27 January 2007
The Puerto Vallarta municipal government started turning four of its public parks into parking garages in 2005. The work is pretty much done and new, concrete-intensive parks now sit atop underground parking garages at three locations. The projects have been controversial for some people, who argue that a rash of development in the central part of the city is jeopardizing the charm and ambiance that made Puerto Vallarta so popular. Here's what I wrote on the subject for the Miami Herald, Mexico edition.
BY DAVID AGREN/The Herald Mexico
Sábado 27 de enero de 2007
PUERTO VALLARTA - Over his three years as a vendor near this town´s Playa los Muertos, Pedro de Jesús Álvarez has noticed more and more traffic pass through the area and parking spaces become increasingly scarce.
To remedy the situation and accommodate a growing number of tourists arriving in private vehicles, the Puerto Vallarta municipal government unveiled a polemic solution several years ago: Convert four of its public parks - three of which were either in or adjacent to the Historic Center - into parking garages. New concrete-intensive parks would be built on top of three of the underground garages.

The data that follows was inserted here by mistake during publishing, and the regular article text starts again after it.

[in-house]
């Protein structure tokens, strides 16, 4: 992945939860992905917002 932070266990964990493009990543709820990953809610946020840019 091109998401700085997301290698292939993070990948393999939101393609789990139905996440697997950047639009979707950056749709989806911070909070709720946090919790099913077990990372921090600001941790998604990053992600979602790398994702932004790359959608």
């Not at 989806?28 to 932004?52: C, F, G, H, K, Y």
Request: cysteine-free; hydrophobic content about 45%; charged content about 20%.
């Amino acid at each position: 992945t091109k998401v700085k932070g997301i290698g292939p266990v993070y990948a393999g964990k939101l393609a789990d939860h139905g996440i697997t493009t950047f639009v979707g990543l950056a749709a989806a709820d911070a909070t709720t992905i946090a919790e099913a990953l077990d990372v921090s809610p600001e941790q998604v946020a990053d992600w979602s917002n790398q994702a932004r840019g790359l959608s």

Álvarez´s old business location, Parque Lázaro Cárdenas, was dedicated as an underground parking garage by outgoing Institutional Revolutionary Party (PRI) Mayor Gustavo González Villaseñor in late December, capping a pro-development term in office, during which time the seaside destination has grown immensely in popularity with both domestic and international tourists and building has been rampant.
According to the local tourism board, the once sleepy fishing village on a spectacular bay now trails only Cancún in tourist preference and 3.5 million people visit Puerto Vallarta each year.
The ongoing modernization of the Historic Center - site of the famed Malecón - and nearby Zona Romántica, though, unsettles some longtime residents and environmental groups, who accuse the municipal government of charging ahead without drawing up a proper development plan and recklessly approving projects that could, if not carried out with caution, turn Puerto Vallarta into another Acapulco.
Read the whole article at: http://www.mexiconews.com.mx/23166.html